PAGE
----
INSIDE SOURCES

Social-media envy got you down during Christmas? Doc has holiday tips.

Dec 8, 2021, 4:39 PM | Updated: Dec 9, 2021, 8:28 am
FILE - This Friday, Feb. 16, 2018, file photo shows application icons from left, Facebook, Facebook...
FILE - This Friday, Feb. 16, 2018, file photo shows application icons from left, Facebook, Facebook Messenger and Messenger Kids on an iPhone in New York, Messenger Facebook, in the aftermath of damning testimony that its platforms harm children, will be introducing several features including prompting teens to take a break using its photo sharing app Instagram, and “nudging" teens if they are repeatedly looking at the same content that's not conducive to their well-being. (AP Photo/Jenny Kane, File)
(AP Photo/Jenny Kane, File)

SALT LAKE CITY — Social media can unplug your Christmas lights, if you are not careful.

A mental health expert joined Inside Sources on KSL NewsRadio to stuff your stockings with tips and advice on how to avoid sliding into holiday depression by coveting others on Instagram, Facebook and other social media sites.

Instagram envy: Don’t let social media ruin your Christmas

According to JAMA Network, social media use has been associated with diminished well-being and greater levels of anxiety and depression, predominantly in cross-sectional studies among adolescents1 or young adults.2

Inside Sources guest host Ethan Millard said he’s a victim of Instagram envy.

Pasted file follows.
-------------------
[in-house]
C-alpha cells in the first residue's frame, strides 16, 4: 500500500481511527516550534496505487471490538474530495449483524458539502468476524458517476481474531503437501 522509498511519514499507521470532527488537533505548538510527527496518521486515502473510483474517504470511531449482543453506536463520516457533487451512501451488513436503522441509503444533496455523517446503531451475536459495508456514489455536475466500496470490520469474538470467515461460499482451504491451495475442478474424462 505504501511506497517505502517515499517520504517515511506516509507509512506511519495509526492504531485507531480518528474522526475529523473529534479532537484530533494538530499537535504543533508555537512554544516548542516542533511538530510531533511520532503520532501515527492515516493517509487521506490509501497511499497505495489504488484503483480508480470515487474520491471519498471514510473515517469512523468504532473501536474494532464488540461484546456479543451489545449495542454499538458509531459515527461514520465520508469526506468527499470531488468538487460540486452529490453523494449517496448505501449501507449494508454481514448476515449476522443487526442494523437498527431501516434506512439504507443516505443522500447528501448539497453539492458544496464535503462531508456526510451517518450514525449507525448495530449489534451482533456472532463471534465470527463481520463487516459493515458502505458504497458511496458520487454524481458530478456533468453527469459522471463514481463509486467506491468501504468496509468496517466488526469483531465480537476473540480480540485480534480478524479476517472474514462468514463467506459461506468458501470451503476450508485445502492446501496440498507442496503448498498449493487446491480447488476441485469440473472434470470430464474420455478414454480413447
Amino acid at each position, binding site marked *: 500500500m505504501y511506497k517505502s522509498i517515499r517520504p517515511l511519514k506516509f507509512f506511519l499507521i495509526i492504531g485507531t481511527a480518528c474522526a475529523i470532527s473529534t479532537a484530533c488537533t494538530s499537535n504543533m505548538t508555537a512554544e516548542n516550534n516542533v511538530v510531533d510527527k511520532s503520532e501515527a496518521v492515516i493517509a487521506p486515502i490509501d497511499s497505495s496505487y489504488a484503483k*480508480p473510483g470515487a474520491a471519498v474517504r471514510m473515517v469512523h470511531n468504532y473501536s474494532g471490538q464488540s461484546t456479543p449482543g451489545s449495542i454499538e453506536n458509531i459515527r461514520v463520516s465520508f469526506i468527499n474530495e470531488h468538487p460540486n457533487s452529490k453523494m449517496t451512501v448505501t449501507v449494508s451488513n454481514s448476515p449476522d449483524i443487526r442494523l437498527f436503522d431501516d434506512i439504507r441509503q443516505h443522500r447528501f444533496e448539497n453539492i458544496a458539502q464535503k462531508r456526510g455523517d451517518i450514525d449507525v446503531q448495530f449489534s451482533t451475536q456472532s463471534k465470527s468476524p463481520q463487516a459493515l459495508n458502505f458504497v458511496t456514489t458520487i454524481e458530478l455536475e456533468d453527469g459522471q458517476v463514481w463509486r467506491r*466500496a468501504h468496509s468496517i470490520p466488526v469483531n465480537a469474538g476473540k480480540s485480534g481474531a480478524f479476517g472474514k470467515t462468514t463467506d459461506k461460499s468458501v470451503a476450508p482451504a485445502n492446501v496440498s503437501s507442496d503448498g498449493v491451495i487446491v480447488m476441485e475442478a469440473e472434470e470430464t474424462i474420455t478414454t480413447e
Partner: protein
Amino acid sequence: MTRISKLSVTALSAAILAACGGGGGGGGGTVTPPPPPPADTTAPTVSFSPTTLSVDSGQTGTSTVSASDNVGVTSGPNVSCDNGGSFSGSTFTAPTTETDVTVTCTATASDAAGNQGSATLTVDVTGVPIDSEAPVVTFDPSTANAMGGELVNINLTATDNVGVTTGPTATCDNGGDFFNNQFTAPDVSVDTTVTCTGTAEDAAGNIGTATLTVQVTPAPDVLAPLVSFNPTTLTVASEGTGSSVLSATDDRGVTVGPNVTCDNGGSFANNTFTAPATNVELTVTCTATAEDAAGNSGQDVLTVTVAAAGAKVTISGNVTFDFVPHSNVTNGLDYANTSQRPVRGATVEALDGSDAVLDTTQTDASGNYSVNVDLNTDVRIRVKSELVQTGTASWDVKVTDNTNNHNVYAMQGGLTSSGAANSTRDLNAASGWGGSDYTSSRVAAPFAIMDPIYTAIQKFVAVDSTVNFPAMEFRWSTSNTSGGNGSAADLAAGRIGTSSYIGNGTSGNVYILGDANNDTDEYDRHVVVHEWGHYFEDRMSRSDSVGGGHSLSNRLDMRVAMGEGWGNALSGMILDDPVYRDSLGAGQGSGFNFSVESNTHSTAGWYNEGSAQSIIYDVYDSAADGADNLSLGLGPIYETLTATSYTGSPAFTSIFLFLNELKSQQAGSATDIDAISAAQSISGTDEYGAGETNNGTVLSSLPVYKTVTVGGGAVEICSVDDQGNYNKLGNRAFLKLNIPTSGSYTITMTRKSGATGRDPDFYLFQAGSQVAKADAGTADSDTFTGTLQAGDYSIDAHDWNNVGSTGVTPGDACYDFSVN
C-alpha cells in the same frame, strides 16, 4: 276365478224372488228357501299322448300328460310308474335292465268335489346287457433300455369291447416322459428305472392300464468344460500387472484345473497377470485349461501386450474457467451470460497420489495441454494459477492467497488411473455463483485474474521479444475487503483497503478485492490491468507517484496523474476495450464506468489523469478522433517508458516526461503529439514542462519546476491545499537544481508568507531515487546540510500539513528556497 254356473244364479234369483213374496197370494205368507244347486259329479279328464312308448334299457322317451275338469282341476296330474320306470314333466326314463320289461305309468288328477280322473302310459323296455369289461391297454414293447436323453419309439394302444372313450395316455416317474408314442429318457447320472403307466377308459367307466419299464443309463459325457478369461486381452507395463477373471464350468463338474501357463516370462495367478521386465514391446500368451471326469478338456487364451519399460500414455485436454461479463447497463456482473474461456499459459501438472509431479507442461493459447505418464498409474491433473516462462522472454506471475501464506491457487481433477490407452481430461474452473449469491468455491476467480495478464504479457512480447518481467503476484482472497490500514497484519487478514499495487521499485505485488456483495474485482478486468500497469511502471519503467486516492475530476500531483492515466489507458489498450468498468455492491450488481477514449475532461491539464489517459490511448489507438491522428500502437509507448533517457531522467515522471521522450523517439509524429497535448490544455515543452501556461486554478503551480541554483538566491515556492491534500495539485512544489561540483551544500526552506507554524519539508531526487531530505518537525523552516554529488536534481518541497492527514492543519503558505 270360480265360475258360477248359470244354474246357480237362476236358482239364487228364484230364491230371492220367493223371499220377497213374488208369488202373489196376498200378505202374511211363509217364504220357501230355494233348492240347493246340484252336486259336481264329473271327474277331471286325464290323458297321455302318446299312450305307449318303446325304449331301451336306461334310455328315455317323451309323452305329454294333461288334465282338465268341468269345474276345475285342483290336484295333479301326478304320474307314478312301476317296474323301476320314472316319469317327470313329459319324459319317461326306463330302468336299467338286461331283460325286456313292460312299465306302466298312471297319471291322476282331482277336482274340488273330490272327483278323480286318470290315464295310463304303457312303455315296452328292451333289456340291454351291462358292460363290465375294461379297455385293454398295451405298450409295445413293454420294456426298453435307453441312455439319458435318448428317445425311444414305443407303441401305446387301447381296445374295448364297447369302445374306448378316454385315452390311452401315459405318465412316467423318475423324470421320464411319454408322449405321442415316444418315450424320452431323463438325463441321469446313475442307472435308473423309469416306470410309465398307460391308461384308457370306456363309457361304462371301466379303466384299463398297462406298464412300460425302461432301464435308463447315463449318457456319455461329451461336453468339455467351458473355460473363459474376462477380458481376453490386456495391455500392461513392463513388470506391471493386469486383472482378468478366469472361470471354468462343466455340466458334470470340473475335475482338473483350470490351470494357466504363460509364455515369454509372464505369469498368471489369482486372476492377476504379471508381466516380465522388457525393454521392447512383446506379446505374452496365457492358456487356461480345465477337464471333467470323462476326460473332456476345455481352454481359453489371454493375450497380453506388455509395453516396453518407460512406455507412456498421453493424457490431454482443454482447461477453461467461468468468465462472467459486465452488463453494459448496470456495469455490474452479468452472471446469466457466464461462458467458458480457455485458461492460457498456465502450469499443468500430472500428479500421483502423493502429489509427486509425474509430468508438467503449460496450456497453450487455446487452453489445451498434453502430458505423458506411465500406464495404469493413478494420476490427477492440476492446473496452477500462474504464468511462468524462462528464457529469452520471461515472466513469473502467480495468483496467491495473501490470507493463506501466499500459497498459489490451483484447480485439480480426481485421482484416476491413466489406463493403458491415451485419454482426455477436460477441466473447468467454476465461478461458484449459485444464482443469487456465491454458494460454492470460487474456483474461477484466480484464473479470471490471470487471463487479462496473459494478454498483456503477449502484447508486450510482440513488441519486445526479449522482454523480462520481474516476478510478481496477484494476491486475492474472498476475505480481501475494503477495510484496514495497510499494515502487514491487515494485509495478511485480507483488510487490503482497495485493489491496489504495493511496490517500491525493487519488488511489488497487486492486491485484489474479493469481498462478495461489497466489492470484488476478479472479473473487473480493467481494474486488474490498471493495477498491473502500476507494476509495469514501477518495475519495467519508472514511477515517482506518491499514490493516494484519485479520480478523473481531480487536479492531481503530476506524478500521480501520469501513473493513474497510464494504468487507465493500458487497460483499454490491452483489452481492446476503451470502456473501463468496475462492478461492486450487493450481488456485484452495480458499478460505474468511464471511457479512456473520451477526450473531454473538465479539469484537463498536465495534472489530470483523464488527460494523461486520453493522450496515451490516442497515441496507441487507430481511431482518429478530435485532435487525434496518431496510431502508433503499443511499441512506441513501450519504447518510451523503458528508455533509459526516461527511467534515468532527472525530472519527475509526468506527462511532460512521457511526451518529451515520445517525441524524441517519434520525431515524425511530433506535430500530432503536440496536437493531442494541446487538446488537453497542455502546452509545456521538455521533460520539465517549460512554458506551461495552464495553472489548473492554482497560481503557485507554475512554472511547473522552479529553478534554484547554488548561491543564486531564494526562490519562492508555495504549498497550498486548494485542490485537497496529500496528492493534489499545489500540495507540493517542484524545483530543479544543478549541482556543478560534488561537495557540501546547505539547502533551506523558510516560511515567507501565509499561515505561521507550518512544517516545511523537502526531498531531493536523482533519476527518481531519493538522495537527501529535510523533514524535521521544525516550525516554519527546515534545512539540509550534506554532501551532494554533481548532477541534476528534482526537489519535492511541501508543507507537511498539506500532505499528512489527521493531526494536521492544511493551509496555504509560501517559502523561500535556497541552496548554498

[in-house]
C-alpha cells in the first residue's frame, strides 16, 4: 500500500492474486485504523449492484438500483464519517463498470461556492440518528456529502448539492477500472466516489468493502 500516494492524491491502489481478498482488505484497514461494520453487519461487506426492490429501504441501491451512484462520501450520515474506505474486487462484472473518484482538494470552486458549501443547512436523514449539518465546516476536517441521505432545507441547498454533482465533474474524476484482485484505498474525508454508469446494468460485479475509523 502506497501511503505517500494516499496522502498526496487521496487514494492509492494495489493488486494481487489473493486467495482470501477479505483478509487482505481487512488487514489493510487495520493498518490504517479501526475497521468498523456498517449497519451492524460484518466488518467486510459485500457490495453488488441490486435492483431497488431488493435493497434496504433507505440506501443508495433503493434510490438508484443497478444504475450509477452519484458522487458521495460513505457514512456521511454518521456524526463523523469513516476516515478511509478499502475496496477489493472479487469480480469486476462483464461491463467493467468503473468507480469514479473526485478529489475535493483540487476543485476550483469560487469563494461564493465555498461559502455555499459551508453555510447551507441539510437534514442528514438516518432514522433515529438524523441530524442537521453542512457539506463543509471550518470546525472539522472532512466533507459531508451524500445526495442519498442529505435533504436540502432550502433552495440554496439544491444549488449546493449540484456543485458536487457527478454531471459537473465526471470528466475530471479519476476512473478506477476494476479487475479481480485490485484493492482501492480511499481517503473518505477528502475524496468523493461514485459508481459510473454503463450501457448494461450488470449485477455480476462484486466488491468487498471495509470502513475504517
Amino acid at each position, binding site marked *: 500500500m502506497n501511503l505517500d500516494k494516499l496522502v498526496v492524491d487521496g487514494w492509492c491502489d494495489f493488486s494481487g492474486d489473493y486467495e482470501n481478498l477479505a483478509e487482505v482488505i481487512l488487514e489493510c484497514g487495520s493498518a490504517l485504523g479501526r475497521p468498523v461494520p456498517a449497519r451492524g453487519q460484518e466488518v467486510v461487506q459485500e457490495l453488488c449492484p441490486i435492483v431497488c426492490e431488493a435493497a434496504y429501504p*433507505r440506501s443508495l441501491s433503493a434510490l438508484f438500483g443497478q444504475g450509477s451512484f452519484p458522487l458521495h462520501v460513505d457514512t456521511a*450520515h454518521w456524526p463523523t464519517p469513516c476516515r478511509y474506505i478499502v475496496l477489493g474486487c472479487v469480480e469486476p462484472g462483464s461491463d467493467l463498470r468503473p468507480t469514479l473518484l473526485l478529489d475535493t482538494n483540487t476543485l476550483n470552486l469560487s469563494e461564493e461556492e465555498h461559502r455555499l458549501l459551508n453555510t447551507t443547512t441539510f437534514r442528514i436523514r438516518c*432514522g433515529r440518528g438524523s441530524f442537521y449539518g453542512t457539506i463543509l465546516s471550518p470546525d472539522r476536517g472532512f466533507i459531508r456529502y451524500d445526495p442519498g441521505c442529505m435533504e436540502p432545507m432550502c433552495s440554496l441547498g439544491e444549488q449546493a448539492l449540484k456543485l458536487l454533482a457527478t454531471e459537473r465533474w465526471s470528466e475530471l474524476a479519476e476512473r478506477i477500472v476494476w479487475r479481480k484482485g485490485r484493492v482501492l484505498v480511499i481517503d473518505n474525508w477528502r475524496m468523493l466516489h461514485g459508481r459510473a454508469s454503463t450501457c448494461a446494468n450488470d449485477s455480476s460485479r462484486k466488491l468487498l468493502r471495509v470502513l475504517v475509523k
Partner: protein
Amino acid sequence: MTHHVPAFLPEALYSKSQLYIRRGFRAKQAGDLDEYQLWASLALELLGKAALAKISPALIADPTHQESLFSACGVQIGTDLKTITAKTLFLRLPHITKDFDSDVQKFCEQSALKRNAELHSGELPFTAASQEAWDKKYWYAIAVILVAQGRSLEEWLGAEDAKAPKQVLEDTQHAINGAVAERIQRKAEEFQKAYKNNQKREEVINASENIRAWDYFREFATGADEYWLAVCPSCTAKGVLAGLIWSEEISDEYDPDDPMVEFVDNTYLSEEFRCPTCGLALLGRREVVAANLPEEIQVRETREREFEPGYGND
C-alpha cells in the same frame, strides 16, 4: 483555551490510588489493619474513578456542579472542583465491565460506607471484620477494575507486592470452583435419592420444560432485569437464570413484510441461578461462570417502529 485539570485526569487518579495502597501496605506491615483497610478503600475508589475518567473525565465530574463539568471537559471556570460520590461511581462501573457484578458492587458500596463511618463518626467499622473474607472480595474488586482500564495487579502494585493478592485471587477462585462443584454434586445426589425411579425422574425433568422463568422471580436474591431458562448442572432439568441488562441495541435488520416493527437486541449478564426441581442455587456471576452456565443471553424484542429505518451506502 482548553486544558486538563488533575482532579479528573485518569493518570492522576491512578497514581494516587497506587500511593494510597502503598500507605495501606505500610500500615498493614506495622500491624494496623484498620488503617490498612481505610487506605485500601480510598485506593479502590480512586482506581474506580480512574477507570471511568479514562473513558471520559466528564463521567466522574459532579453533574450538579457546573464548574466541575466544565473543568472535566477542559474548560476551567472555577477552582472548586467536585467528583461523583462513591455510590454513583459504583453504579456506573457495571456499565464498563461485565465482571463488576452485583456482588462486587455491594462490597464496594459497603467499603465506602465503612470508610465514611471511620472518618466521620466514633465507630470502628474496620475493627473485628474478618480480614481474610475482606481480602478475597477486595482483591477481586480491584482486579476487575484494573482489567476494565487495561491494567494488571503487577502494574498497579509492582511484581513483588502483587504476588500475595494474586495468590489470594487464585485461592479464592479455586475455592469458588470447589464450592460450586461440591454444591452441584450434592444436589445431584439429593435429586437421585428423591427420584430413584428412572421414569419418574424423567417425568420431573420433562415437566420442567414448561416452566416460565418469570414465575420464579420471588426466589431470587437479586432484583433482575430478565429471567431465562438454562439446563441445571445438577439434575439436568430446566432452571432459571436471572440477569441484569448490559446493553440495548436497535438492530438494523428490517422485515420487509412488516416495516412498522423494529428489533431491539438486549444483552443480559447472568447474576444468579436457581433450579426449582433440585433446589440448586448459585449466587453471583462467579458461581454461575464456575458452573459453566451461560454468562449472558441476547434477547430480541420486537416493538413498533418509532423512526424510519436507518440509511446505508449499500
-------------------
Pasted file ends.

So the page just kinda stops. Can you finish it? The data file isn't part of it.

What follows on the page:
“I am one of those people that will compare myself negatively to what I see on Instagram. Sometimes, I feel like a loser,” he said.

Jessica Holzbauer of the Huntsman Mental Health Institute said she completely understood. 

“Well, join the club,” she said. She added, Instagram users rarely post candid — and less than flattering — shots of their lives online.

How do you counsel people who regularly scroll social media to keep their perspective and not slide into depression? Millard asked.

Because social media is not a social connection, Holzbauer advised building up real-life social connections in your community, such as volunteering, even if it’s informal like helping a neighbor string Christmas lights.

“There can be a lot of power and satisfaction with creating limits not only on social-media use but also where we put our finances as well during the holidays,” Holzbauer said.

Use a social media timer

To that end, she recommended using a timer to limit your time on social media. Also, if you feel envy by comparing yourself to another on social media, use the power of contribution.

“When we contribute, we have a sense of meaning and purpose that is fulfilling, whereas comparisons often drain us,” Holzbauer said.

What tips can you share about limiting family screen time, not just kids, but parents as well? Millard asked.

Create a contest for the family, complete with a prize. The family member who spends the least amount of time on social media around Christmas wins.

“If the family can do it together, and it can be fun, then usually there’s some more buy-in from everyone in the family,” Holzbauer said.

Inside Sources with Boyd Matheson can be heard weekdays from 1 p.m. to 3 p.m. on KSL NewsRadio. Users can find the show on the KSL NewsRadio website and app. 

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Social-media envy got you down during Christmas? Doc has holiday tips.